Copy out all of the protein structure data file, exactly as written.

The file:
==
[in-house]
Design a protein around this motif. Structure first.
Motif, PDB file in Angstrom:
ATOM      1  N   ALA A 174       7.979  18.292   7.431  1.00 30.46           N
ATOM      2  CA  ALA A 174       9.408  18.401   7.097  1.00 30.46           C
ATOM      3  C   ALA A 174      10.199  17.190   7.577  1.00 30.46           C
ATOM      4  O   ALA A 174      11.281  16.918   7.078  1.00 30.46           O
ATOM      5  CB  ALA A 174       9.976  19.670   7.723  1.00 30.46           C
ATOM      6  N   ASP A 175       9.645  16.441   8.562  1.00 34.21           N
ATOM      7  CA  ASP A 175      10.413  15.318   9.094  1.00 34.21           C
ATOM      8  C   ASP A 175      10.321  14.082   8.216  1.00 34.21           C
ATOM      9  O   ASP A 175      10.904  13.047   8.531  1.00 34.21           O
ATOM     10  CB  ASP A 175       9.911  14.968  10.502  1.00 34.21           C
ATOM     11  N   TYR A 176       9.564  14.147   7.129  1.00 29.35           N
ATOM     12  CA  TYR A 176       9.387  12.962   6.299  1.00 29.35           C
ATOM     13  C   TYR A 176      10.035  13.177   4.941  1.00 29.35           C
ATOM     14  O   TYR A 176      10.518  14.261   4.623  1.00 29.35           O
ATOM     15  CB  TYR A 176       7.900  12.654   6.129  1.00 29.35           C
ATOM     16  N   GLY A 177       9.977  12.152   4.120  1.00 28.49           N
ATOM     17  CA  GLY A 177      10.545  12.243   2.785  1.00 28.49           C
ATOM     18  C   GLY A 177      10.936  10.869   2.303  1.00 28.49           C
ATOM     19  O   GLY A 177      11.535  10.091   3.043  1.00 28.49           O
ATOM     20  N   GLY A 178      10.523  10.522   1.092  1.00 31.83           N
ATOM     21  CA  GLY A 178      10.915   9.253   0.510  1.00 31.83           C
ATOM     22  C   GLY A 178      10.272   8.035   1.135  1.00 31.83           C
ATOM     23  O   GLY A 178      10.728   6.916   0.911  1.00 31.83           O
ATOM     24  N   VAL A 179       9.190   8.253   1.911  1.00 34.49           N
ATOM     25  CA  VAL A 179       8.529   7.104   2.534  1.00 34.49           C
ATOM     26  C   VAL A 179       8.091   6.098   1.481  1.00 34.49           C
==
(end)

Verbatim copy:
[in-house]
Design a protein around this motif. Structure first.
Motif, PDB file in Angstrom:
ATOM      1  N   ALA A 174       7.979  18.292   7.431  1.00 30.46           N
ATOM      2  CA  ALA A 174       9.408  18.401   7.097  1.00 30.46           C
ATOM      3  C   ALA A 174      10.199  17.190   7.577  1.00 30.46           C
ATOM      4  O   ALA A 174      11.281  16.918   7.078  1.00 30.46           O
ATOM      5  CB  ALA A 174       9.976  19.670   7.723  1.00 30.46           C
ATOM      6  N   ASP A 175       9.645  16.441   8.562  1.00 34.21           N
ATOM      7  CA  ASP A 175      10.413  15.318   9.094  1.00 34.21           C
ATOM      8  C   ASP A 175      10.321  14.082   8.216  1.00 34.21           C
ATOM      9  O   ASP A 175      10.904  13.047   8.531  1.00 34.21           O
ATOM     10  CB  ASP A 175       9.911  14.968  10.502  1.00 34.21           C
ATOM     11  N   TYR A 176       9.564  14.147   7.129  1.00 29.35           N
ATOM     12  CA  TYR A 176       9.387  12.962   6.299  1.00 29.35           C
ATOM     13  C   TYR A 176      10.035  13.177   4.941  1.00 29.35           C
ATOM     14  O   TYR A 176      10.518  14.261   4.623  1.00 29.35           O
ATOM     15  CB  TYR A 176       7.900  12.654   6.129  1.00 29.35           C
ATOM     16  N   GLY A 177       9.977  12.152   4.120  1.00 28.49           N
ATOM     17  CA  GLY A 177      10.545  12.243   2.785  1.00 28.49           C
ATOM     18  C   GLY A 177      10.936  10.869   2.303  1.00 28.49           C
ATOM     19  O   GLY A 177      11.535  10.091   3.043  1.00 28.49           O
ATOM     20  N   GLY A 178      10.523  10.522   1.092  1.00 31.83           N
ATOM     21  CA  GLY A 178      10.915   9.253   0.510  1.00 31.83           C
ATOM     22  C   GLY A 178      10.272   8.035   1.135  1.00 31.83           C
ATOM     23  O   GLY A 178      10.728   6.916   0.911  1.00 31.83           O
ATOM     24  N   VAL A 179       9.190   8.253   1.911  1.00 34.49           N
ATOM     25  CA  VAL A 179       8.529   7.104   2.534  1.00 34.49           C
ATOM     26  C   VAL A 179       8.091   6.098   1.481  1.00 34.49           C